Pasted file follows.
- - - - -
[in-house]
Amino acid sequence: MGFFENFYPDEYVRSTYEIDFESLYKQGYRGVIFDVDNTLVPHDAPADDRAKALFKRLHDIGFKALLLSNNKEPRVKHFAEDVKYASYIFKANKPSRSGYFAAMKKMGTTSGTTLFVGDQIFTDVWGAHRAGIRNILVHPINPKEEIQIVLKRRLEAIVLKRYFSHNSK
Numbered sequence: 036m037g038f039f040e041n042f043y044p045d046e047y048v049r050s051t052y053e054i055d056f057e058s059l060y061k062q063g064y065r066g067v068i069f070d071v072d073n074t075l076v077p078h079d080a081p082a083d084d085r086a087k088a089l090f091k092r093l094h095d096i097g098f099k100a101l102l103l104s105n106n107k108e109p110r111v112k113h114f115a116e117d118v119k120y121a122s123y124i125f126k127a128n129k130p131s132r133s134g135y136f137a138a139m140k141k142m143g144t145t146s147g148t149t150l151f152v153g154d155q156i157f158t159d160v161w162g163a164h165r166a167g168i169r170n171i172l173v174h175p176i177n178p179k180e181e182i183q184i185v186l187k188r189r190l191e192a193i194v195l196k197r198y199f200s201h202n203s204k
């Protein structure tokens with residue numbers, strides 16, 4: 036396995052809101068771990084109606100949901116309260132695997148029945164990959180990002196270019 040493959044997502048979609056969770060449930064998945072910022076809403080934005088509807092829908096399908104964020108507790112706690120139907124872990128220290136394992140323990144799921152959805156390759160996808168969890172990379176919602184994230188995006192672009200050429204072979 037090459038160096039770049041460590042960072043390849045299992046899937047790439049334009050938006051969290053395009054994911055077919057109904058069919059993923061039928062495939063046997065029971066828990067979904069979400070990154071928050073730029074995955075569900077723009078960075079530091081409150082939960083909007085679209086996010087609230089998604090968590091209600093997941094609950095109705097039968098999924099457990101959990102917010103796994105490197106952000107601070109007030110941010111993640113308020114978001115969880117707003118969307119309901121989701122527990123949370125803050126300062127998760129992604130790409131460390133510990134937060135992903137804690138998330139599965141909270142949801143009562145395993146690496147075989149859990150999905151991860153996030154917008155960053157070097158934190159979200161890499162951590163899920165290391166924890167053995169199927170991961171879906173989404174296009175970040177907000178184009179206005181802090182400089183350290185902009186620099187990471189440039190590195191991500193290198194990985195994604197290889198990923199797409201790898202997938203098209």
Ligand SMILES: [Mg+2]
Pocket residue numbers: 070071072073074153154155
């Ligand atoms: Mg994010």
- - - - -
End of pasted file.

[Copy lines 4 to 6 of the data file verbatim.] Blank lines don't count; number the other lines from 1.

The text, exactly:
């Protein structure tokens with residue numbers, strides 16, 4: 036396995052809101068771990084109606100949901116309260132695997148029945164990959180990002196270019 040493959044997502048979609056969770060449930064998945072910022076809403080934005088509807092829908096399908104964020108507790112706690120139907124872990128220290136394992140323990144799921152959805156390759160996808168969890172990379176919602184994230188995006192672009200050429204072979 037090459038160096039770049041460590042960072043390849045299992046899937047790439049334009050938006051969290053395009054994911055077919057109904058069919059993923061039928062495939063046997065029971066828990067979904069979400070990154071928050073730029074995955075569900077723009078960075079530091081409150082939960083909007085679209086996010087609230089998604090968590091209600093997941094609950095109705097039968098999924099457990101959990102917010103796994105490197106952000107601070109007030110941010111993640113308020114978001115969880117707003118969307119309901121989701122527990123949370125803050126300062127998760129992604130790409131460390133510990134937060135992903137804690138998330139599965141909270142949801143009562145395993146690496147075989149859990150999905151991860153996030154917008155960053157070097158934190159979200161890499162951590163899920165290391166924890167053995169199927170991961171879906173989404174296009175970040177907000178184009179206005181802090182400089183350290185902009186620099187990471189440039190590195191991500193290198194990985195994604197290889198990923199797409201790898202997938203098209």
Ligand SMILES: [Mg+2]
Pocket residue numbers: 070071072073074153154155